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Home invasion solved after link-up to UK DNA database

The trial of a defendant in the case of a violent home invasion in Grimbergen two years ago started this week after police solved the case when the UK and Belgian DNA databanks were linked up.

It was in 2019 that two masked men overpowered an elderly woman in her residence in Flemish Brabant.  The men threatened the woman with a knife and forced her to open her safe and hand over her valuables.  The burglars drove off in the woman’s car and 50,000 euros’ worth of valuables. The car was later recovered, but there was no trace of the woman’s attackers.

When police combed out the area around the woman’s home, they encountered an improvised sleeping space in a nearby barn.  During the home invasion one of the burglars had let slip that he had slept there.  Detectives found a partially eaten carrot and managed to recover DNA.  A first comparison didn’t provide a hit.

In March of this year though judicial investigators were able to compare the DNA with information stored in the UK DNA databank and that did yield a hit. A Romanian was identified.  He was known to the Belgian authorities under a false name and had already received a 40-month prison sentence in this country.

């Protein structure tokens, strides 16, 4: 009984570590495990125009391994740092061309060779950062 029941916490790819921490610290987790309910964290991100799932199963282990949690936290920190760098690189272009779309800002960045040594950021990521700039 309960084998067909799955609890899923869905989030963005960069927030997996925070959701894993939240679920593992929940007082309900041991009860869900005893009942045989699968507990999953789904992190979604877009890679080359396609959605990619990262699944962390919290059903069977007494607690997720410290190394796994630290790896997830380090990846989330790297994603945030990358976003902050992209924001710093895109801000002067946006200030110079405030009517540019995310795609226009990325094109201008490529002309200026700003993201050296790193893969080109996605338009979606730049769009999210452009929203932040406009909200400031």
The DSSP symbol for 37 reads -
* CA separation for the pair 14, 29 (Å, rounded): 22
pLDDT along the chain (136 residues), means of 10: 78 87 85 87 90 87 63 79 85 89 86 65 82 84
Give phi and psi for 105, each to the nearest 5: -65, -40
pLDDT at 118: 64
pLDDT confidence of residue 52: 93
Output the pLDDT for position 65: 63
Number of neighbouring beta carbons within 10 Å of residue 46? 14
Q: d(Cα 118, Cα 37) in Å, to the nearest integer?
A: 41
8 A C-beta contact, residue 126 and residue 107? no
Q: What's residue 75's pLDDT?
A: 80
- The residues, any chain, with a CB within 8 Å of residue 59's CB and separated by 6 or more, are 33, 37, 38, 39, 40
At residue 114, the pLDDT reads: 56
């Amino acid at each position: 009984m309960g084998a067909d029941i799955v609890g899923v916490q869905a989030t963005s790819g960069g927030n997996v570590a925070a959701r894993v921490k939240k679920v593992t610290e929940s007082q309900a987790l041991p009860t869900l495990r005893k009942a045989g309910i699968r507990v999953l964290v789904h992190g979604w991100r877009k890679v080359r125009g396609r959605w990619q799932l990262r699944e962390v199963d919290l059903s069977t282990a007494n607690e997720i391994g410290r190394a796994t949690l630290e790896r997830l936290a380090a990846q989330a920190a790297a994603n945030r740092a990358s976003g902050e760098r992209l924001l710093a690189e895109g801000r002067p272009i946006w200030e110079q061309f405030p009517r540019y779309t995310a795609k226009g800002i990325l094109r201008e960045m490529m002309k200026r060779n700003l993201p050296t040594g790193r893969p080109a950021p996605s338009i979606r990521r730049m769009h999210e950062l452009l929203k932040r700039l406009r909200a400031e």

The defendant did not turn up in court yesterday.  Belgian prosecutors are seeking an 8-year custodial sentence. The court will pass sentence on 8 November.  The Romanian’s accomplice has not been found.

Image by Schäferle from Pixabay/Public domain

Link up with UK DNA database

At the end of last year the UK and Belgian DNA databanks were linked up. As a result investigators in both countries are able to compare DNA samples with samples already on record in the UK and Belgium.

The Belgian databank holds 61,000 specimens retrieved from saliva, sperm and blood at crime scenes.  Half of these samples remain unidentified.  The authorities do not know who they belong to. Samples are being compared with data on record abroad in an attempt to solve cases.

The UK database contains 5 million DNA samples.  In the UK DNA samples have to be provided far more readily than in Belgium explaining the far higher number of samples on record there.


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